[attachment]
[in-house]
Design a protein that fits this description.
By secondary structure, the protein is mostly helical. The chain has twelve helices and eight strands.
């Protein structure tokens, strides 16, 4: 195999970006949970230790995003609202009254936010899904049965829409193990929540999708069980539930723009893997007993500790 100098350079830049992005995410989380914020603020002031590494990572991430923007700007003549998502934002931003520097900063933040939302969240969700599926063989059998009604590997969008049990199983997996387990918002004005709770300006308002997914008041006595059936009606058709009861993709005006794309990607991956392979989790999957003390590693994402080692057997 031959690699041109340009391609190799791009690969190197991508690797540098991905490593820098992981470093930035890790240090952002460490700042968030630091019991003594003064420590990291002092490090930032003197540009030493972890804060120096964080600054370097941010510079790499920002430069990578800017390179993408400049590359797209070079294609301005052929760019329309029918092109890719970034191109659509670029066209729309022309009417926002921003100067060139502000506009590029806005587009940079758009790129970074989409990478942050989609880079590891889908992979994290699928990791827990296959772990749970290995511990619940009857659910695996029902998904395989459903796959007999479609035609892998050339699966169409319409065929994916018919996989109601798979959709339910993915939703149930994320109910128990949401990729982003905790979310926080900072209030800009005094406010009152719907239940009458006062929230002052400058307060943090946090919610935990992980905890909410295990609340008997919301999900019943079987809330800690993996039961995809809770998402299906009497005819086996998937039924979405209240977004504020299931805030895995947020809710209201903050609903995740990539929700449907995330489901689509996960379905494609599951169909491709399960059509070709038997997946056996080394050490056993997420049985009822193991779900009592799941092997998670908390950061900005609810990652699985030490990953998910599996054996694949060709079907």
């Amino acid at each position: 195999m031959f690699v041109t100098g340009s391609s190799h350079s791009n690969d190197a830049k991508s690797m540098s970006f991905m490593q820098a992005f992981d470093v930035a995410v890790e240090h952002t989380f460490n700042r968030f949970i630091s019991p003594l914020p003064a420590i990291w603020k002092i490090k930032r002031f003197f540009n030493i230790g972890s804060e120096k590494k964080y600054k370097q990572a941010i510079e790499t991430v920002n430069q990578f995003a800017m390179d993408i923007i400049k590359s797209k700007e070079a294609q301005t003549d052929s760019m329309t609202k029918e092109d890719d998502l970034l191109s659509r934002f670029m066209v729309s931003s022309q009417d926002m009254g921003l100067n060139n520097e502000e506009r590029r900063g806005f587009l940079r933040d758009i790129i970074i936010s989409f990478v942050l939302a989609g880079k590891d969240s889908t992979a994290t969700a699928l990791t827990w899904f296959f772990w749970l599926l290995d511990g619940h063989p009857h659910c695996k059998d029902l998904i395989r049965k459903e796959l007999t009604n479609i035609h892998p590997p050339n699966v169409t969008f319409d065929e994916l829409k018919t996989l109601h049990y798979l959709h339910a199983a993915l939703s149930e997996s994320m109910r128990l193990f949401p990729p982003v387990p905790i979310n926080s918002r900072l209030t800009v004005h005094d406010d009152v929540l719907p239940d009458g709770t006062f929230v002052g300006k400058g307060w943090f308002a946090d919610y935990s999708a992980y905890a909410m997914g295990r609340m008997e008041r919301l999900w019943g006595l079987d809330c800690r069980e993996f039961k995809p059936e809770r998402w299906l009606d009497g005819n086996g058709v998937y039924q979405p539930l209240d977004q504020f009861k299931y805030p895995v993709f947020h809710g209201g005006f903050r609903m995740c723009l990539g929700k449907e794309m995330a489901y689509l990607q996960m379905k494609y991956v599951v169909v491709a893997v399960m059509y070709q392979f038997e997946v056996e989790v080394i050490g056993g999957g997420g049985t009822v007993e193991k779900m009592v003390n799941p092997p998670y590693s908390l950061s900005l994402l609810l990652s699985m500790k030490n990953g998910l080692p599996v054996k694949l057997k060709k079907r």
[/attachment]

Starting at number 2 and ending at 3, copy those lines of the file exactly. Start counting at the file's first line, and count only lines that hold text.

Design a protein that fits this description.
By secondary structure, the protein is mostly helical. The chain has twelve helices and eight strands.